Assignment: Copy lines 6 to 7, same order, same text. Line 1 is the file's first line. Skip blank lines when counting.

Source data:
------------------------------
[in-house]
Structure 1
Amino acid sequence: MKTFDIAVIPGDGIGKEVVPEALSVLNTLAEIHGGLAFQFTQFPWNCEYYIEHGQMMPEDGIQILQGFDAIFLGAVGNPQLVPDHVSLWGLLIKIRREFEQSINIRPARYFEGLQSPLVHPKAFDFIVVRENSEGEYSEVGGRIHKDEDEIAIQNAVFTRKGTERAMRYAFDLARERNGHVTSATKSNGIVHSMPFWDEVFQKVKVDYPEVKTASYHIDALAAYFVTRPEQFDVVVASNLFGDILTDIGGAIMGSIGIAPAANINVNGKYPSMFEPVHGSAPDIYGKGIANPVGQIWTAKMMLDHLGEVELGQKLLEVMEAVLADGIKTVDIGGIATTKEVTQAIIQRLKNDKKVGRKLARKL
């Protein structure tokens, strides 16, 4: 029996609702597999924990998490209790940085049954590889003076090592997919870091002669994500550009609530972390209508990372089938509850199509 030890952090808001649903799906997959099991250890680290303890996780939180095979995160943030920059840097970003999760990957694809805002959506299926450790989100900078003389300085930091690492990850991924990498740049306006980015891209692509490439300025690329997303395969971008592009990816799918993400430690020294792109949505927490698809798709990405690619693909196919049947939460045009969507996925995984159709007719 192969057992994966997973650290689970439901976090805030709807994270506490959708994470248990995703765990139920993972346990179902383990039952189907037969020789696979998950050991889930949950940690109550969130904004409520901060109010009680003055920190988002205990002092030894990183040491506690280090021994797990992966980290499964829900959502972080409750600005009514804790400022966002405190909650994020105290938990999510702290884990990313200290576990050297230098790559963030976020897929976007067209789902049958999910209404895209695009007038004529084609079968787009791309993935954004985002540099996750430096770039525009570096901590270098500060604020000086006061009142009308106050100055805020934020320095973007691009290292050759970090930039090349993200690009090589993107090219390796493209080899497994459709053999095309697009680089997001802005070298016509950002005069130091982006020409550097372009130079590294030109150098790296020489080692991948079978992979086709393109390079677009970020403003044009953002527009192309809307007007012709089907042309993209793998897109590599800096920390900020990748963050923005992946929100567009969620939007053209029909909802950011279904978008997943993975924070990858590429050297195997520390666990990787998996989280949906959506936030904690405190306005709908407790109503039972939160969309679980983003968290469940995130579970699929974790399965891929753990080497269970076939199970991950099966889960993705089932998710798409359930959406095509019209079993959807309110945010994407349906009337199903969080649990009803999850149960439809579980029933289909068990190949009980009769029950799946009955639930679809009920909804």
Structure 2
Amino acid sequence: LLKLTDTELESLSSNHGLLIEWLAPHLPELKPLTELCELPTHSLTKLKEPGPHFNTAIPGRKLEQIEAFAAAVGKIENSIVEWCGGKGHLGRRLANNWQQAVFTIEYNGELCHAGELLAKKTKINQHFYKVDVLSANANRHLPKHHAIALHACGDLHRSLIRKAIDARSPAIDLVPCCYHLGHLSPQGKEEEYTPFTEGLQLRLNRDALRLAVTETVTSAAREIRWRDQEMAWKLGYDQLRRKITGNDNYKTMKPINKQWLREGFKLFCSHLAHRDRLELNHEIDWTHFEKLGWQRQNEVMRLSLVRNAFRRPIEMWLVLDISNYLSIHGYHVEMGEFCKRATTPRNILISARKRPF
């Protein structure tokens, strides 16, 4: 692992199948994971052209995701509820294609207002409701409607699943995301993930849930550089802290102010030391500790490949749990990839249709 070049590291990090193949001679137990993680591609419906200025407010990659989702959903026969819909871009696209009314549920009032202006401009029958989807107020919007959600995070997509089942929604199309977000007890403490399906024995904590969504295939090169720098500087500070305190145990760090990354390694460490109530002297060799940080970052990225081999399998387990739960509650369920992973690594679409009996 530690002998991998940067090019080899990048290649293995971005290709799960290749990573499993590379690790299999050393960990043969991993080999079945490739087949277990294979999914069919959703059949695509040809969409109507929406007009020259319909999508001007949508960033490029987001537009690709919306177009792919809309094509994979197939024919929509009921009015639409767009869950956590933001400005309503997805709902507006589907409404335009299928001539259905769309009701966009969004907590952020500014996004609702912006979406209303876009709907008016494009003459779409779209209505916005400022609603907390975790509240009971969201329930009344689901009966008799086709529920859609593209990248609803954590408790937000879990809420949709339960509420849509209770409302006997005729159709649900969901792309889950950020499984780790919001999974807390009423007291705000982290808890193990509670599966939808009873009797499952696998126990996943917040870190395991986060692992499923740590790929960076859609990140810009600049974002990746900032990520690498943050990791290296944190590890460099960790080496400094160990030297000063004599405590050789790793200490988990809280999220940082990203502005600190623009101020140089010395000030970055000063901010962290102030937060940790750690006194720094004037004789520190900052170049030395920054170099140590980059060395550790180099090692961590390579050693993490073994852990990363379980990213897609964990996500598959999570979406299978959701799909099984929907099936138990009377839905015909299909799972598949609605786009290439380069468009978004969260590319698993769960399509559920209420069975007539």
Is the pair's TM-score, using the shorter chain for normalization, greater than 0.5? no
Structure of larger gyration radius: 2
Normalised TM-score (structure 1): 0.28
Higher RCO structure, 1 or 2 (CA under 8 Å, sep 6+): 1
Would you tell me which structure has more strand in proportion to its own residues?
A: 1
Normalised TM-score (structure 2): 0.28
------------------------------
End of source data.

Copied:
Amino acid sequence: LLKLTDTELESLSSNHGLLIEWLAPHLPELKPLTELCELPTHSLTKLKEPGPHFNTAIPGRKLEQIEAFAAAVGKIENSIVEWCGGKGHLGRRLANNWQQAVFTIEYNGELCHAGELLAKKTKINQHFYKVDVLSANANRHLPKHHAIALHACGDLHRSLIRKAIDARSPAIDLVPCCYHLGHLSPQGKEEEYTPFTEGLQLRLNRDALRLAVTETVTSAAREIRWRDQEMAWKLGYDQLRRKITGNDNYKTMKPINKQWLREGFKLFCSHLAHRDRLELNHEIDWTHFEKLGWQRQNEVMRLSLVRNAFRRPIEMWLVLDISNYLSIHGYHVEMGEFCKRATTPRNILISARKRPF
């Protein structure tokens, strides 16, 4: 692992199948994971052209995701509820294609207002409701409607699943995301993930849930550089802290102010030391500790490949749990990839249709 070049590291990090193949001679137990993680591609419906200025407010990659989702959903026969819909871009696209009314549920009032202006401009029958989807107020919007959600995070997509089942929604199309977000007890403490399906024995904590969504295939090169720098500087500070305190145990760090990354390694460490109530002297060799940080970052990225081999399998387990739960509650369920992973690594679409009996 530690002998991998940067090019080899990048290649293995971005290709799960290749990573499993590379690790299999050393960990043969991993080999079945490739087949277990294979999914069919959703059949695509040809969409109507929406007009020259319909999508001007949508960033490029987001537009690709919306177009792919809309094509994979197939024919929509009921009015639409767009869950956590933001400005309503997805709902507006589907409404335009299928001539259905769309009701966009969004907590952020500014996004609702912006979406209303876009709907008016494009003459779409779209209505916005400022609603907390975790509240009971969201329930009344689901009966008799086709529920859609593209990248609803954590408790937000879990809420949709339960509420849509209770409302006997005729159709649900969901792309889950950020499984780790919001999974807390009423007291705000982290808890193990509670599966939808009873009797499952696998126990996943917040870190395991986060692992499923740590790929960076859609990140810009600049974002990746900032990520690498943050990791290296944190590890460099960790080496400094160990030297000063004599405590050789790793200490988990809280999220940082990203502005600190623009101020140089010395000030970055000063901010962290102030937060940790750690006194720094004037004789520190900052170049030395920054170099140590980059060395550790180099090692961590390579050693993490073994852990990363379980990213897609964990996500598959999570979406299978959701799909099984929907099936138990009377839905015909299909799972598949609605786009290439380069468009978004969260590319698993769960399509559920209420069975007539």